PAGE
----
The Cities: West Side Story (1961, see entry), Midnight Cowboy (1969, see entry), Mr. Smith Goes to Washington (1939, see entry), Gold Diggers of 1935 (1935, see entry), San Francisco (1936, see entry), Little Caesar (1931, see entry), Dinner at Eight (1934, see entry), The Hustler (1961, see entry), The Asphalt Jungle (1950, see entry), Citizen Kane (1941, see entry), A Woman Rebels (1936, see entry), The Crowd (1928, see entry), Modern Times (1936, see entry), Take the Money and Run (1969, see entry), Bumping into Broadway (1920), The Maltese Falcon (1941, see entry), On the Waterfront (1954, see entry), Five Easy Pieces (1970, see entry), The French Connection (1971, see entry), The Out-of-Towners (1970, see entry), West Side Story (1961).
       The Families: It Happened One Night (1934, see entry), Life with Father (1947, see entry), The Pharmacist (1933, see entry), Bright Eyes (1934, see entry), Love Finds Andy Hardy (1938, see entry), Carnal Knowledge (1971, see entry), East of Eden (1955, see entry), A Place in the Sun (1951, see entry), Father of the Bride (1950, see entry), Claudine (1974, see entry), Who's Afraid of Virginia Woolf? (1966, see entry), A Raisin in the Sun (1961, see entry), It's a Wonderful Life (1947, see entry), A Streetcar Named Desire (1952, see entry), The Graduate (1967, see entry).
       The Wars: Drums Along the Mohawk (1939, see entry), Friendly Persuasion (1956, see entry), Since You Went Away (1944, see entry), Patton (1970, see entry), Sergeant York (1941, see entry), Run Silent Run Deep (1958, see entry), The Buccaneer (1959, see entry), They Were Expendable (1945, see entry), From Here to Eternity (1953, see entry), Battleground (1950, see entry), M*A*S*H (1970, see entry), Catch-22 (1970, see entry), Dr. Strangelove or: How I Learned to Stop Worrying and Love the Bomb (1964, see entry), The Alamo (1960, see entry), The Red Badge of Courage (1951, see entry), Giant (1956), The Birth of a Nation (1915, see entry), Battleground (1950).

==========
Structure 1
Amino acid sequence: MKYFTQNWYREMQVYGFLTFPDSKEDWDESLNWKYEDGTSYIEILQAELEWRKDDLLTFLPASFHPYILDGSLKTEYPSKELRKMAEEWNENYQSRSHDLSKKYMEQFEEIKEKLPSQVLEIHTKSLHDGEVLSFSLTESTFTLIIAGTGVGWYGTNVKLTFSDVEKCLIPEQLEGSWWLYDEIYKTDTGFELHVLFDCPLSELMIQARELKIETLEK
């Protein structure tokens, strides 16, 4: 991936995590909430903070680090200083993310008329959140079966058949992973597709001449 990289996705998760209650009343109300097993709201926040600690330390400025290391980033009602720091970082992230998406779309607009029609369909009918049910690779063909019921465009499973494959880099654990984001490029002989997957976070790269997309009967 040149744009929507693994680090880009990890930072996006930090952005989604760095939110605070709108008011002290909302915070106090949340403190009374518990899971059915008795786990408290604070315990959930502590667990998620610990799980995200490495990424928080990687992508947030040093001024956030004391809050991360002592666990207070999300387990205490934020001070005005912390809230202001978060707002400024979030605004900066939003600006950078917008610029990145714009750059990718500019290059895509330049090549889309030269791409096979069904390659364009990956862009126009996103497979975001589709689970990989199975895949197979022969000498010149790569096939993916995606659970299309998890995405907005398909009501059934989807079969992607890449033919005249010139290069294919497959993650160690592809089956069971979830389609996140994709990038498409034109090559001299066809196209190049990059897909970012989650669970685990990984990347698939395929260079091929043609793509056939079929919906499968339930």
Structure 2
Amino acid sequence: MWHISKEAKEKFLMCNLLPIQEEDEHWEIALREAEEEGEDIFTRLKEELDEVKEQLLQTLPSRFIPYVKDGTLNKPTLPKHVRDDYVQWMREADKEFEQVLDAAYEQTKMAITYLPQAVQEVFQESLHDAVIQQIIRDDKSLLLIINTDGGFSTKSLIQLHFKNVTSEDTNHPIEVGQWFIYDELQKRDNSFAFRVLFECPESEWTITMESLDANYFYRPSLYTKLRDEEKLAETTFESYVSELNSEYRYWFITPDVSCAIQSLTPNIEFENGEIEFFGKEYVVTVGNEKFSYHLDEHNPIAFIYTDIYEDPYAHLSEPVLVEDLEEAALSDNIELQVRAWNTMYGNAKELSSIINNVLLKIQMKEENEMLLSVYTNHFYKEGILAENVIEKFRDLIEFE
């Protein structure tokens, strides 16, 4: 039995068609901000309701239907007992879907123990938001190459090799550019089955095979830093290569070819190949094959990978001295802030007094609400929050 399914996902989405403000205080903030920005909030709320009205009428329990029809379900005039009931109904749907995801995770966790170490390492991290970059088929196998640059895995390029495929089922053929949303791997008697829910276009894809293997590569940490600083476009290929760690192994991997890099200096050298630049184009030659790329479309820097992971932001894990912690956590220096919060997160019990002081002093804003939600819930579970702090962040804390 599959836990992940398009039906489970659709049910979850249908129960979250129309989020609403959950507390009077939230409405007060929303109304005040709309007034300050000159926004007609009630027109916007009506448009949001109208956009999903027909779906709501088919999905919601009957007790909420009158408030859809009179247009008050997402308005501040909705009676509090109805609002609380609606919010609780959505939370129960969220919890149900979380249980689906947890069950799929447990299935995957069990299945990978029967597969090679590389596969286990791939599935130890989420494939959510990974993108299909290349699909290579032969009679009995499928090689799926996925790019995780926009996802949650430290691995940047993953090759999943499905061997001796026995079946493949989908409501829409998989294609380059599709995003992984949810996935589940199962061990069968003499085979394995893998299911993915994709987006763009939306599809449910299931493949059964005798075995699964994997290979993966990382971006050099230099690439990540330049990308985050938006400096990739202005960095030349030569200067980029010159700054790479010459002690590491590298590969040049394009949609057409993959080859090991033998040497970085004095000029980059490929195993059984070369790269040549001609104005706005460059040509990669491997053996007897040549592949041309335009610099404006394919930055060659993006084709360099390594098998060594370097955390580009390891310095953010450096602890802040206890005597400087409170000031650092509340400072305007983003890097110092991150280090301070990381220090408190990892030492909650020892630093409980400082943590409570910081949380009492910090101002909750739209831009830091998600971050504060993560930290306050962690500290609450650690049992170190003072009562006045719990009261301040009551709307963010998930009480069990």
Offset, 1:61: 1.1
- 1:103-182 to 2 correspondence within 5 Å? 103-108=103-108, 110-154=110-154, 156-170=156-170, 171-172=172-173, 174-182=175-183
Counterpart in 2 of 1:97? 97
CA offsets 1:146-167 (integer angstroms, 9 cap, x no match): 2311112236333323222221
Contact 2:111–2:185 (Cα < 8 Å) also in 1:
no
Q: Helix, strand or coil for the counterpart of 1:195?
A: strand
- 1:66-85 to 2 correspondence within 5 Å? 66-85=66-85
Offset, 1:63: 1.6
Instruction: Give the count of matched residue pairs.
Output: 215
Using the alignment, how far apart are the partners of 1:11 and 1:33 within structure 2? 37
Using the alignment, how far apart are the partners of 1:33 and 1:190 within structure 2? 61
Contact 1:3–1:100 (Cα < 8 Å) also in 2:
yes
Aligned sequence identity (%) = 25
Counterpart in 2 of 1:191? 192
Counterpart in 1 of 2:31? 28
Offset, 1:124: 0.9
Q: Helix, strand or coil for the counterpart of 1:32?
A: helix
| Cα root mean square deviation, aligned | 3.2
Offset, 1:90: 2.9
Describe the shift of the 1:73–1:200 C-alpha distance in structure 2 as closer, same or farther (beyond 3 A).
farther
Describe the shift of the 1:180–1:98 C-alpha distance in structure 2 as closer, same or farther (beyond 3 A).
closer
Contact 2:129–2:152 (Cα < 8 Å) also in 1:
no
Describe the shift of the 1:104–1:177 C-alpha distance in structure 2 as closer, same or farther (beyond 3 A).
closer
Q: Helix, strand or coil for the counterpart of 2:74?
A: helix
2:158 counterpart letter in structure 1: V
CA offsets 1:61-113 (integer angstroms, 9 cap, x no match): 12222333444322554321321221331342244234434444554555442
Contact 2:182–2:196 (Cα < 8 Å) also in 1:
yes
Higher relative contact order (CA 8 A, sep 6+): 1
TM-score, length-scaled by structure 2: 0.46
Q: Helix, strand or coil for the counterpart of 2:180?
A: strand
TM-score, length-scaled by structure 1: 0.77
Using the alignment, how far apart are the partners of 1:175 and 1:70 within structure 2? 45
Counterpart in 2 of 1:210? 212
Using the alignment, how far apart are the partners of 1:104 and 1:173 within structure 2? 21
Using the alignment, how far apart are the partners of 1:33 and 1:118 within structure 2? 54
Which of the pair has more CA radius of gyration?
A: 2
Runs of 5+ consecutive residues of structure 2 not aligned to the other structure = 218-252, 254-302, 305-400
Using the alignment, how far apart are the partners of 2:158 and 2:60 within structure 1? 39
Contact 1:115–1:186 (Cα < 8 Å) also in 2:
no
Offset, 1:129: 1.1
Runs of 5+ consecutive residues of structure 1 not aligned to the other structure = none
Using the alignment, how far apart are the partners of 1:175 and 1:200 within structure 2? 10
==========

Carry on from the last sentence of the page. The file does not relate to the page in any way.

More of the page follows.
The Spirit: America America (1963), Yankee Doodle Dandy (1943, see entry), Steamboat Bill, Jr. (1928, see entry), Way Out West (1937, see entry), The Treasure of the Sierra Madre (1948, see entry), The Miracle Worker (1962, see entry), The Spirit of St. Louis (1957, see entry), 2001: A Space Odyssey (1968, see entry), Modern Times (1936).
       According to production notes from AMPAS library files, America at the Movies was commissioned by the American Revolution Bicentennial Administration (ARBA), a branch of the U.S. government, in 1974. Jack Masey, ARBA director of Design and Exhibitions, explained that the country’s 200th birthday should include “a major film endeavor.” Masey chose AFI to produce the film, as it would not be of a commercial nature, and because the institute had “the best interests of American film at heart.” Masey had several meeting with AFI director George Stevens, Jr., in late 1974, during which they conceived the “general philosophy” behind the film, and made the decision to premiere the film in Washington, D.C., prior to 4 Jul 1976. A commercial release was planned for autumn 1976, to reimburse the federal government for its $660,000 investment. Use rights “in perpetuity” were obtained, and allowed for unlimited screenings, as America at the Movies was intended for educational purposes, and therefore subject to the “fair use” provision of the copyright law.
       The film took fourteen months to assemble, aided by a coding system created by associated film editor Ana Luisa Corley Perez that helped to streamline the process. Stevens and his team worked in a converted stable at the Doheny “Greystone” Mansion, AFI’s campus in Beverly Hills, CA.